As a former pastor and student of church history, I took issue with a few aspects of Dr. Carolyn McLarty’s article on Tuesday about President Trump’s executive order promoting religious liberty. First, as I wrote at Caffeinated Thoughts, the executive order does not accomplish anything except set a positive tone throughout the administration. I acknowledge and welcome that. But let’s be clear here: it does nothing else. Second, nothing that comes out of Washington, D.C., will spark a revival. Dr. McLarty wrote that Trump’s executive order “could very well be the spark that will light a fire of revival across
Much has been written about President Trump’s Executive Order negating the Johnson Amendment from an inside-the-beltway point of view. From the grassroots view, there is a different perspective — and it is one of encouragement! President Trump is a bold leader, who appears to be firmly set on fulfilling his campaign promises. Thursday, May 4th, was the 66th National Day of Prayer. In celebration of it, President Trump signed an Executive Order negating the Johnson Amendment, a law in the U.S. tax code prohibiting all 501(c)(3) non-profit organizations from endorsing or opposing political candidates. According to the law, these organizations “are
This piece was co-authored by Emmett McGroarty, a senior fellow at the American Principles Project. Several months ago, to the jubilation of conservatives and the dismay of leftists, the press reported on the draft of a strong executive order on religious liberty that President Trump was rumored to be considering. The draft was quickly withdrawn. Yesterday — the National Day of Prayer — the President signed a different executive order that will supposedly address threats to religious freedom. But the replacement order has been so watered down from its predecessor that people of faith have little reason to celebrate. The
Speaking on Monday at an event hosted by the Retired American Warriors PAC, Donald Trump fielded a question from a retired chaplain asking what he would do as president to halt the ongoing erosion of military members’ religious liberty. During his answer, Trump began to address the case of a Washington state high school football coach who was fired after leading pre-game prayers with his team, when — lo and behold — he discovered that the coach, Joe Kennedy, was also in attendance at the event. After hearing the full story of Kennedy’s firing (which he called “outrageous”), Trump proceeded
Last week we launched Connecticut Avenue, the official podcast of The Pulse 2016. Today’s episode, our second, is hosted by Jon Schweppe, contributing editor to The Pulse 2016, and Kevin Dawson, a frequent contributor to The Pulse 2016. Schweppe and Dawson touched on a number of topics today, including last week’s debate between Trump and Clinton (0:00), tonight’s VP debate between Pence and Kaine (6:00), Planned Parenthood’s 100th anniversary (7:30), the Hyde Amendment (12:00), Illinois’s anti-life, anti-religious freedom law (16:15), and Trump’s proposal to repeal the Johnson Amendment (23:30). Check it out, and let us know what you think in the comments!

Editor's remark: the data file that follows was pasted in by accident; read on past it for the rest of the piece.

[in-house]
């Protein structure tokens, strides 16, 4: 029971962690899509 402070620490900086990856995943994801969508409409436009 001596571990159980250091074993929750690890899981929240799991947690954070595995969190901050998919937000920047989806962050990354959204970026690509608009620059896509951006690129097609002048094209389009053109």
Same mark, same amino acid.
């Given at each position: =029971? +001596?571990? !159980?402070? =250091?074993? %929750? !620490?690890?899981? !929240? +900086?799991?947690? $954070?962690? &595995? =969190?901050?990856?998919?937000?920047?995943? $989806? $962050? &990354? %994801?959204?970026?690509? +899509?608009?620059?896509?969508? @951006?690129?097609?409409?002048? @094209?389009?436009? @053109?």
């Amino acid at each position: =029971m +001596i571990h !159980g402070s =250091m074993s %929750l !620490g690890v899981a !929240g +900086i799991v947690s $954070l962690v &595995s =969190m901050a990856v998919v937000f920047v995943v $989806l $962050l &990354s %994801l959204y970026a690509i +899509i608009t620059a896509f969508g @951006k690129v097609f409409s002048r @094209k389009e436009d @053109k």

Last June, I attended Donald Trump’s “secret meeting” with social conservatives in New York City. I was impressed then, and I continue to remain impressed with his commitment to the most important issues facing our country. Unlike many Republican candidates who simply check the boxes when talking to social conservatives — yes, I’m pro-life; yes, I support religious liberty — Trump got creative and offered the out-of-the-box idea of repealing the so-called “Johnson Amendment,” a move few in the religious liberty movement had been actively pursuing. The Johnson Amendment was introduced by then-Senator Lyndon B. Johnson in 1954 and passed
Since beginning his 2016 presidential run last year, Donald Trump has not always appeared to have the strongest grasp on the issue of religious liberty. However, if his recent actions are any indication, that may be quickly changing. Most noteworthy was a statement Trump released last week vowing to defend religious freedom as president and, particularly, to sign the First Amendment Defense Act (FADA), backing up a pledge he made last December in a letter to the American Principles Project: Religious liberty is enshrined in the First Amendment to the Constitution. It is our first liberty and provides the most
Republican vice presidential nominee Mike Pence was in Iowa this weekend where he addressed social conservatives at the annual Iowa Faith and Freedom Coalition dinner. During his remarks, Pence reiterated his full confidence in Donald Trump and made the case for Trump’s candidacy as a response to the increasing threats to Americans’ fundamental liberties: “For the sake of the sanctity of life and all of our God-given liberties, Iowa let’s ensure that the next president making appointments to the Supreme Court of the United States of America is president Donald Trump,” Pence said to a standing ovation. “In these challenging times, Donald